Runners Do It Faster
Burn Calories, You Perv!
At least, this extra benefit bestowed upon those who do endurance sports (like running) is the claim made here in this brief article.
The benefits of exercise don’t stop when the running shoes come off. A new peek inside the muscles of resting athletes shows that they burn fuel even when their bodies don’t need the energy.
Researched published by Befroy, Petersen et. al. indicates that the benefit isn’t minor, either. Runners burn up to 54% more calories at rest than non-runners.
These data demonstrate that basal mitochondrial substrate oxidation is increased in the muscle of endurance trained individuals yet energy production is unaltered, leading to an uncoupling of oxidative phosphorylation at rest. Increased mitochondrial uncoupling may represent another mechanism by which exercise training enhances muscle insulin sensitivity via increased fatty acid oxidation in the resting state.
That jargon means that a body will create more (and more efficient) mitochondria, which cause a runner’s body to burn more calories, even when he or she is resting. The catch (you just knew this was coming) is that you have to run (vigorously) something like 4 hours a week to get this kind of increase. Lessee – It’s true that I’ve lost quite a bit of weight since mid-May, and yes, I got quite a bit of exercise on both a stationary bike and on a treadmill (no – not walking on it, but running, starting with a slow jog and working my way up to 10 and even 9 minute miles). And yes, I also put in time doing low-intensity stuff too (mostly lunch-time walks). But I barely got in even half of that 4 hours a week of moderate to high intensity exercise they mentioned. Even counting my weekend bicycle addiction and walks with the AstroWife, I don’t think I could do that much and still have a life! without risking burnout and/or injury.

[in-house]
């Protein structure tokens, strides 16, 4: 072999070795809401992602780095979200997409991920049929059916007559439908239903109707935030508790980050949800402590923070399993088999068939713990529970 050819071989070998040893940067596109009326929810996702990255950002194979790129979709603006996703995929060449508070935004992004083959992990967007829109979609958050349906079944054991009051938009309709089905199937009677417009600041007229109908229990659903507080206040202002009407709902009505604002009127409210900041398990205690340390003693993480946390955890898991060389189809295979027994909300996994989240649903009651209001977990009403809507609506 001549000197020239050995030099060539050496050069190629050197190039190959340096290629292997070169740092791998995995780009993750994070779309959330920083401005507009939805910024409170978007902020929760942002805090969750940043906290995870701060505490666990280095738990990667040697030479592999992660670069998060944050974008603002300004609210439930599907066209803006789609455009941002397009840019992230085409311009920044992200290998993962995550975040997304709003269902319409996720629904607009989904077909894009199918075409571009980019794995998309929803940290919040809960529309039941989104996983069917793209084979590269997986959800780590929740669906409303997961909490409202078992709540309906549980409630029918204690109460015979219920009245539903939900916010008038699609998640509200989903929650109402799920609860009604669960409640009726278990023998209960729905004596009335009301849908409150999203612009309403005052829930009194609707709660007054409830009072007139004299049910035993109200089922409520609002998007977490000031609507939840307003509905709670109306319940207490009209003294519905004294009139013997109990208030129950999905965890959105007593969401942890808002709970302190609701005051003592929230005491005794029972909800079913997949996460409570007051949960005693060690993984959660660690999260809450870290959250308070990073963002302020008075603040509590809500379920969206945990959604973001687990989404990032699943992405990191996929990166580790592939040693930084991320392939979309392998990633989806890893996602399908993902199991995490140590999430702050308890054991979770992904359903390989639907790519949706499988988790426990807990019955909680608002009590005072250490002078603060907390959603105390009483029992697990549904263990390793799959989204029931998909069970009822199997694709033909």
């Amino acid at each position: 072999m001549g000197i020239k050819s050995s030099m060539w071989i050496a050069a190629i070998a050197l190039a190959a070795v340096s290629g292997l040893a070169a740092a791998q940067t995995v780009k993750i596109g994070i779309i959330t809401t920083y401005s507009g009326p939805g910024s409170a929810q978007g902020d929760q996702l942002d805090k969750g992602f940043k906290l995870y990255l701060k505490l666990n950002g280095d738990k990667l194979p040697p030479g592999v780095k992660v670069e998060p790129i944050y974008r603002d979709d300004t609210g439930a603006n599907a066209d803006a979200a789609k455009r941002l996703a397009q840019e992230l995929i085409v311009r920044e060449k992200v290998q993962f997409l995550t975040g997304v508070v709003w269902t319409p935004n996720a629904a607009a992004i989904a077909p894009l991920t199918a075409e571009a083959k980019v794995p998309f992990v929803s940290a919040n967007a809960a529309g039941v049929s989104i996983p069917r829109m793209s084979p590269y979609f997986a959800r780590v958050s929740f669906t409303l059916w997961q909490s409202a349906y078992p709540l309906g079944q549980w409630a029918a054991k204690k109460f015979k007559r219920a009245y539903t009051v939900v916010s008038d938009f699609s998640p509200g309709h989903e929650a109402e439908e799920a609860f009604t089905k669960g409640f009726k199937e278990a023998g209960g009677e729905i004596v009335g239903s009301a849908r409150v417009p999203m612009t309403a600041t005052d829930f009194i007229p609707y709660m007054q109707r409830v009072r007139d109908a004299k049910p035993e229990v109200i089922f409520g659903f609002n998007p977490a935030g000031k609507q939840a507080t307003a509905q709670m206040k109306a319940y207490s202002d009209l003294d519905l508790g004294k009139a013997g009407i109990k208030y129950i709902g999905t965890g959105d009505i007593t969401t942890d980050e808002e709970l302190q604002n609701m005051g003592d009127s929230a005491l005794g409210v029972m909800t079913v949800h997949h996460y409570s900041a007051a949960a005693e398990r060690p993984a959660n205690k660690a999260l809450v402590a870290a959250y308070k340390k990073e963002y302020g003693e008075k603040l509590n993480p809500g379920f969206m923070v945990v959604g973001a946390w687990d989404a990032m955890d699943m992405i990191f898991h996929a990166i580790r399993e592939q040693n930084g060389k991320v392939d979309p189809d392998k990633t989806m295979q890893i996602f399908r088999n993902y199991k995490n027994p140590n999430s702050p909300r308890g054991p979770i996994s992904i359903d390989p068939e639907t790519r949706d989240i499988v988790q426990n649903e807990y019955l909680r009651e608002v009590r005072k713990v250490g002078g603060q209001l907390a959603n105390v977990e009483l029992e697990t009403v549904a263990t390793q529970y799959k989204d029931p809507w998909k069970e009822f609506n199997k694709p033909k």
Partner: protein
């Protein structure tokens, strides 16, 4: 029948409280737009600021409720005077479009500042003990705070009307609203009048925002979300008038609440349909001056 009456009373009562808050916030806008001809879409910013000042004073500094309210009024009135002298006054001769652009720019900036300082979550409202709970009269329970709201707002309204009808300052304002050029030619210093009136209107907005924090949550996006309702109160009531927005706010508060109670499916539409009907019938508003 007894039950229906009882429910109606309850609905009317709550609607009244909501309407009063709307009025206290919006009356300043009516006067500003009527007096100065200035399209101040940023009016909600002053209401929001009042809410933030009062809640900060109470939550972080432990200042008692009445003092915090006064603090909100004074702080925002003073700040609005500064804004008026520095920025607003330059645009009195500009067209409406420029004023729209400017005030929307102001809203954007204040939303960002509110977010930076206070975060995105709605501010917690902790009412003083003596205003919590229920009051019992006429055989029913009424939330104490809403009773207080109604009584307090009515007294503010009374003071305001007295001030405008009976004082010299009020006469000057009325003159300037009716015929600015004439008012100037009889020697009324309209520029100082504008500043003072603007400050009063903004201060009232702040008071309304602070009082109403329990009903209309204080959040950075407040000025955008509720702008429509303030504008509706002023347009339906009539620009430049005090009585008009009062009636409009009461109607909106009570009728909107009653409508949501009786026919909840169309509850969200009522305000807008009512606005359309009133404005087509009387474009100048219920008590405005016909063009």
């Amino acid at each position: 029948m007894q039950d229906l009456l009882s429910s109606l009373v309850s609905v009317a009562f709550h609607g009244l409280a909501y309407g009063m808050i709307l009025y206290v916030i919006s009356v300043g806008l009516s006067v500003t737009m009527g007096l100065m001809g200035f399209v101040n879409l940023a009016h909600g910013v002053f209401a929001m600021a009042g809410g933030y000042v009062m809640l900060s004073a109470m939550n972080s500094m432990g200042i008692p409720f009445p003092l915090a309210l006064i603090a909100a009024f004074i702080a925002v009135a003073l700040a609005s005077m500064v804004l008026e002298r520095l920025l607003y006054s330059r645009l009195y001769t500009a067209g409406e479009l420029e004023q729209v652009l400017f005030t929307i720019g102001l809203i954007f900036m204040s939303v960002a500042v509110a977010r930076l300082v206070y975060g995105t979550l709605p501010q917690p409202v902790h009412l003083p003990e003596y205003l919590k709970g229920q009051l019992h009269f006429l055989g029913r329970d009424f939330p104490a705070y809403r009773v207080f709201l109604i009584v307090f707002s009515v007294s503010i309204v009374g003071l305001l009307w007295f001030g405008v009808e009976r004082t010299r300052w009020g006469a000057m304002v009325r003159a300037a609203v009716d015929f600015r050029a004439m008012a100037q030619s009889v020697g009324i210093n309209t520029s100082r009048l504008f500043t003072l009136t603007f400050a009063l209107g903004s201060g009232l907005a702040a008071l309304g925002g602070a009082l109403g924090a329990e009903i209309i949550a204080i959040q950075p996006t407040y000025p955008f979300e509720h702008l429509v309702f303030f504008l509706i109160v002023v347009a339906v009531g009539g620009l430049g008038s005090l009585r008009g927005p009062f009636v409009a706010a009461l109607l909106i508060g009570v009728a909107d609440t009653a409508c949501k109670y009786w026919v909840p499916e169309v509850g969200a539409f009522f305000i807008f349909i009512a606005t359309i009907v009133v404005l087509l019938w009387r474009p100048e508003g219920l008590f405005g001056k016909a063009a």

In other words, it’s a rather large (if not entirely impossible) investment in time and energy, worthy of a professional athlete. But my personal experience is that you get benefits anyway, even without running a marathon each week. I’d love to see research that shows how the improvement in muscle function increases with the time spent on the treadmill.
The CDC has decent guidelines for the amount of physical activity one should be getting. The recommend something like 150 minutes each week of moderate-intensity aerobic activity, and additional strength exercise twice a week for adults. Then they say:
More time equals more health benefits
If you go beyond 300 minutes a week of moderate-intensity activity, or 150 minutes a week of vigorous-intensity activity, you’ll gain even more health benefits.